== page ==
Makah Tribe Part Of Statewide Monitoring For West Nile Virus

NEAH BAY (Aug. 25, 2004) – It’s not a matter of if, but when West Nile virus makes an appearance in Clallam County. When it does show up, people will know about it thanks to the Makah Tribe.

The Makah Tribe is participating in a statewide program to test for the presence of the virus. Tribal technical staff set a trap for mosquitoes every two weeks from the end of April through September. The traps use carbon dioxide as a lure for the mosquitoes, mimicking the exhaling of warm-blooded animals that female mosquitoes seek. The insects are preserved and sent to a state lab for analysis.

“Last year, we were looking for information about whether the virus was present in Clallam County and found out there wasn’t any local testing,” said Vincent Cooke, environmental division manager for the Makah Tribe. “We contacted the state health department and they were happy to have us participate in the monitoring program.”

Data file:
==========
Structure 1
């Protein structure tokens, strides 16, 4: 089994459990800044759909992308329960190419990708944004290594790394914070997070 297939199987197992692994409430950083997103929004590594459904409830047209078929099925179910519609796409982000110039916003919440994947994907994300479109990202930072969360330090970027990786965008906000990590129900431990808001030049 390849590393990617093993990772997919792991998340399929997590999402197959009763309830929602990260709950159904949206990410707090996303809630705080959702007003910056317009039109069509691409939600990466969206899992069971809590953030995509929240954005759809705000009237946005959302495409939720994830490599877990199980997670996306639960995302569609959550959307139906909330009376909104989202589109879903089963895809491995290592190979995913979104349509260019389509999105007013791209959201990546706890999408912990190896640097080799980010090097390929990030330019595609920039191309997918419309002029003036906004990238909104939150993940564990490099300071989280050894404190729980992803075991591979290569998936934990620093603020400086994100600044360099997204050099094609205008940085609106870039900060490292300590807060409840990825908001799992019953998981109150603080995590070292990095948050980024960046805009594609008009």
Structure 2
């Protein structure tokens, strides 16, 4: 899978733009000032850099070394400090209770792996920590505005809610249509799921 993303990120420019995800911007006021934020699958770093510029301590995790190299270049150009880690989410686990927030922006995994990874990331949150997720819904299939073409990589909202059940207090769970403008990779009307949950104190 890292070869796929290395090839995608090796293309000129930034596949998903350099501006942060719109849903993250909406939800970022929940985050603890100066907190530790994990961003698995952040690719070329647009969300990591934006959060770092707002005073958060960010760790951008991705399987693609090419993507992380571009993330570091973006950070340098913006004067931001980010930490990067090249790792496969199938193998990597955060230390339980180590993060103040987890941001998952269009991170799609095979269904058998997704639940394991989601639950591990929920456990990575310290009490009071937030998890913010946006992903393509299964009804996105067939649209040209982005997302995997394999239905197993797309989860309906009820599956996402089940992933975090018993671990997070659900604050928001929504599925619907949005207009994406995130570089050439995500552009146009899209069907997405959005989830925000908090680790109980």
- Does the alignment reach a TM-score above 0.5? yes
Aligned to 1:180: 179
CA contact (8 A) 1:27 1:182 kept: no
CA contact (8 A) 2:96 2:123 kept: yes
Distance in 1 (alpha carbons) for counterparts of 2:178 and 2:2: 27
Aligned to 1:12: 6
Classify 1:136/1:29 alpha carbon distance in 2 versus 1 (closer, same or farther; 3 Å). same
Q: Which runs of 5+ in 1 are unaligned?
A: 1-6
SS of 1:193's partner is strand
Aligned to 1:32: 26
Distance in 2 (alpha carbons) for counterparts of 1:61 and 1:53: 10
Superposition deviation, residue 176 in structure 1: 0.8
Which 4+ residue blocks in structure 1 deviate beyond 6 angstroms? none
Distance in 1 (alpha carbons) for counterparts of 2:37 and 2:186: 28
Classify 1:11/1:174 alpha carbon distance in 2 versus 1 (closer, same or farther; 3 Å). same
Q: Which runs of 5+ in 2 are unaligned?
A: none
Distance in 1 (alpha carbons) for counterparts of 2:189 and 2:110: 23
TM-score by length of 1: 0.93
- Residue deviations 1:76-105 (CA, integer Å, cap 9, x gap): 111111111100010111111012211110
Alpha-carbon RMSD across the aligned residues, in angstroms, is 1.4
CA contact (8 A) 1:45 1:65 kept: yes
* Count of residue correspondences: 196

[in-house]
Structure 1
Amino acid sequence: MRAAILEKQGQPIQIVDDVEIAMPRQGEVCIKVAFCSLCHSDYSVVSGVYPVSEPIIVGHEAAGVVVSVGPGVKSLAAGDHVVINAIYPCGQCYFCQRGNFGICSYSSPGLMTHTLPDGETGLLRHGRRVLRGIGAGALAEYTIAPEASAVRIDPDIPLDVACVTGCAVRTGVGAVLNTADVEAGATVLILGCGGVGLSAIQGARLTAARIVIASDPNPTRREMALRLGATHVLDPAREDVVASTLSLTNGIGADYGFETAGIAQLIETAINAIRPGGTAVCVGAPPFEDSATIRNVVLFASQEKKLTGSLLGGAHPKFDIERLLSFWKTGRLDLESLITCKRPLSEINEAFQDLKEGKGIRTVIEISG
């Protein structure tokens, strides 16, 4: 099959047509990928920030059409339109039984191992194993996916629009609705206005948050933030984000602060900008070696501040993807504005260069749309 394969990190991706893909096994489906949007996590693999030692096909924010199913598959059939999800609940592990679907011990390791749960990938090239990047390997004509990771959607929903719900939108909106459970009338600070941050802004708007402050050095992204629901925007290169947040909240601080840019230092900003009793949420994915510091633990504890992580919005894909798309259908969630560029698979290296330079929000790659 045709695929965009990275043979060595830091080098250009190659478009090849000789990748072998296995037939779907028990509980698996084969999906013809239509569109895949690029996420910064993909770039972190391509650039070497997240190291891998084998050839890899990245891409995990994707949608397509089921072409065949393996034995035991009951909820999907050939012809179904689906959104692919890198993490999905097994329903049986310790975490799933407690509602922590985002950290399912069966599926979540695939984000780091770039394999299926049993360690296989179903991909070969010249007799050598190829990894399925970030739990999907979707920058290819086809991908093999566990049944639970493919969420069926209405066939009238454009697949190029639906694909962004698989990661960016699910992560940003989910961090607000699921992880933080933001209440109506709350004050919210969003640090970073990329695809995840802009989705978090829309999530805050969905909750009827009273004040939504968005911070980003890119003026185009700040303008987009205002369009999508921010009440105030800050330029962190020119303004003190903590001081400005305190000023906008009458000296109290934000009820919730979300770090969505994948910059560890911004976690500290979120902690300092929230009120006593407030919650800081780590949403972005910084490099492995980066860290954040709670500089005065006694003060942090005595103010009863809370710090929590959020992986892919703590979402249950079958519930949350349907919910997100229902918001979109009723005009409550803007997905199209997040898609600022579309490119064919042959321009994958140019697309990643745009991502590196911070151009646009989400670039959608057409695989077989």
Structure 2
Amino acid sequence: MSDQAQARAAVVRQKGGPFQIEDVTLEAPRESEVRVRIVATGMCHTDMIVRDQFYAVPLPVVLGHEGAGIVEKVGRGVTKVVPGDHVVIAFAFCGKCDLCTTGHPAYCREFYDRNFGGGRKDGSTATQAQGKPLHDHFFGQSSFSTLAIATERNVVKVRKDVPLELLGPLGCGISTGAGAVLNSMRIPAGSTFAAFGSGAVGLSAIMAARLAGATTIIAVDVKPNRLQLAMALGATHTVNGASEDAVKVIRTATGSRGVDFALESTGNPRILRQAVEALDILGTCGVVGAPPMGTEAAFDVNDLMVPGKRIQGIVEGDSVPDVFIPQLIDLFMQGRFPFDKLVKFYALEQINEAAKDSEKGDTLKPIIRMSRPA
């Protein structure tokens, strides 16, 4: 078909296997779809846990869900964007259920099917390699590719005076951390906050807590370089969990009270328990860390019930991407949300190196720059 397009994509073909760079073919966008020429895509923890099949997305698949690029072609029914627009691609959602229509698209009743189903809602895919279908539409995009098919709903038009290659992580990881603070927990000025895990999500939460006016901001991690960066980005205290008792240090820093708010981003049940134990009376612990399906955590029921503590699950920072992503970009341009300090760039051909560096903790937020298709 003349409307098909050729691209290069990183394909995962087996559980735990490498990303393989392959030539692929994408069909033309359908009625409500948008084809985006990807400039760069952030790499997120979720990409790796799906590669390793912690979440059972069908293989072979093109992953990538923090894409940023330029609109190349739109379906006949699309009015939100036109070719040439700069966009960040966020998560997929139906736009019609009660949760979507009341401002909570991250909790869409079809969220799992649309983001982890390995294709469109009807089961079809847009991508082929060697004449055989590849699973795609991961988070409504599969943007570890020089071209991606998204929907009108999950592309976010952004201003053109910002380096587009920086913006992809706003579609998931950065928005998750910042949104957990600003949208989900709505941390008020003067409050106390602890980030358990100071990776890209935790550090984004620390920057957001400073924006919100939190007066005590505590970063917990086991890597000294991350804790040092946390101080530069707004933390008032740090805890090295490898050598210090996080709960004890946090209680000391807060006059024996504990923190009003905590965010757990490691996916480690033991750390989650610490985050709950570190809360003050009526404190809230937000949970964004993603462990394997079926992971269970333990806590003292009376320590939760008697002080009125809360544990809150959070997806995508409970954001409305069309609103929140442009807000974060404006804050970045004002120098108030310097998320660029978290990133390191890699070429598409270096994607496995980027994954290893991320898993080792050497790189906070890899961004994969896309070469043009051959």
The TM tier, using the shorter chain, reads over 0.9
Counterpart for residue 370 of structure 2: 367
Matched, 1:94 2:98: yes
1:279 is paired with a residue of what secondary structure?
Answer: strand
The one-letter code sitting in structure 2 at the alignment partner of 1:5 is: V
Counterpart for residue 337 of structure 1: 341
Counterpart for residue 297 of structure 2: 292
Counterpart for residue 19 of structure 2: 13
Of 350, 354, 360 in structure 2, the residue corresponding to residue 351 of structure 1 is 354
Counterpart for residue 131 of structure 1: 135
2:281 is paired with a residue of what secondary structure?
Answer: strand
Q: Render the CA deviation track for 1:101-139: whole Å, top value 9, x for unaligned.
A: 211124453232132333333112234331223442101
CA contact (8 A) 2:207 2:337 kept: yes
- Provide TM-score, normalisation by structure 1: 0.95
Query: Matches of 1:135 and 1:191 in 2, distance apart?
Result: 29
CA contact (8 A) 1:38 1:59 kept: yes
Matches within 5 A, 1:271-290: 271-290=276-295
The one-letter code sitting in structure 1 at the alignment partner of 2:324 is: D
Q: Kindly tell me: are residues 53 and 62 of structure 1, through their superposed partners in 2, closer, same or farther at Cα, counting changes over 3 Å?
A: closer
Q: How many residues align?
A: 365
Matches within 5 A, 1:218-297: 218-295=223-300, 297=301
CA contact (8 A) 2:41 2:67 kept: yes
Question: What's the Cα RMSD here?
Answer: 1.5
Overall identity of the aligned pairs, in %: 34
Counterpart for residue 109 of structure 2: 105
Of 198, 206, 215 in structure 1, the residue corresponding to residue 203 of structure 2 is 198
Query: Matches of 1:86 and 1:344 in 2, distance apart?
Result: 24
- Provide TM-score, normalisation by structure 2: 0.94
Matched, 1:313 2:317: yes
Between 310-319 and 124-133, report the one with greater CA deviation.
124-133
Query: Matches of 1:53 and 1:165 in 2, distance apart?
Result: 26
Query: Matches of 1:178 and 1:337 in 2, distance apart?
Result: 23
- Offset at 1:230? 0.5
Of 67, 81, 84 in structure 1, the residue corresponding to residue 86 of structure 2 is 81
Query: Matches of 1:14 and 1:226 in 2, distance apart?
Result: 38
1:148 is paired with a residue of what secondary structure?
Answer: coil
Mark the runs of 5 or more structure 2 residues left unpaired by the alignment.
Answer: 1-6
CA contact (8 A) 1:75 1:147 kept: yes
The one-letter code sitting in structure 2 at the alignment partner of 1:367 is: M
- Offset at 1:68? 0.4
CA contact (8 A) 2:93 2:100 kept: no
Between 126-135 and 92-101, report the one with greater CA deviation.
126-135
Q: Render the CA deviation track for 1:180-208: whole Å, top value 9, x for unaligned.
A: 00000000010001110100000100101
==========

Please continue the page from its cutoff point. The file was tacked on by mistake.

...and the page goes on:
Mosquitoes get West Nile virus by biting infected birds. The only way humans can get the virus is by being bitten by an infected mosquito. Most humans who get the disease experience mild flu-like symptoms. The more serious case of the disease can affect the nervous system, causing paralysis and death. In the 10,000 cases of West Nile virus reported in 2003, 262 people died. Those most at risk are young children and the elderly. On the West Coast, many cases are being reported in California. Oregon recently reported its first case.

State health officials suggest wearing long sleeves and pants if you are out at dawn or dusk, prime mosquito time. Insect repellent containing DEET is also helpful, but is not recommended for children under the age of 2.

Officials are also asking residents to get rid of standing water outside to reduce breeding places for mosquito larvae.

“It’s only a matter of time before we get it out here,” said Cooke. “Knock on wood, but we haven’t seen it so far.”


For more information, contact: Vincent Cooke, environmental division manager, Makah Tribe, (360) 645-3263; Debbie Preston, coastal information officer, Northwest Indian Fisheries Commission, (360) 374-5501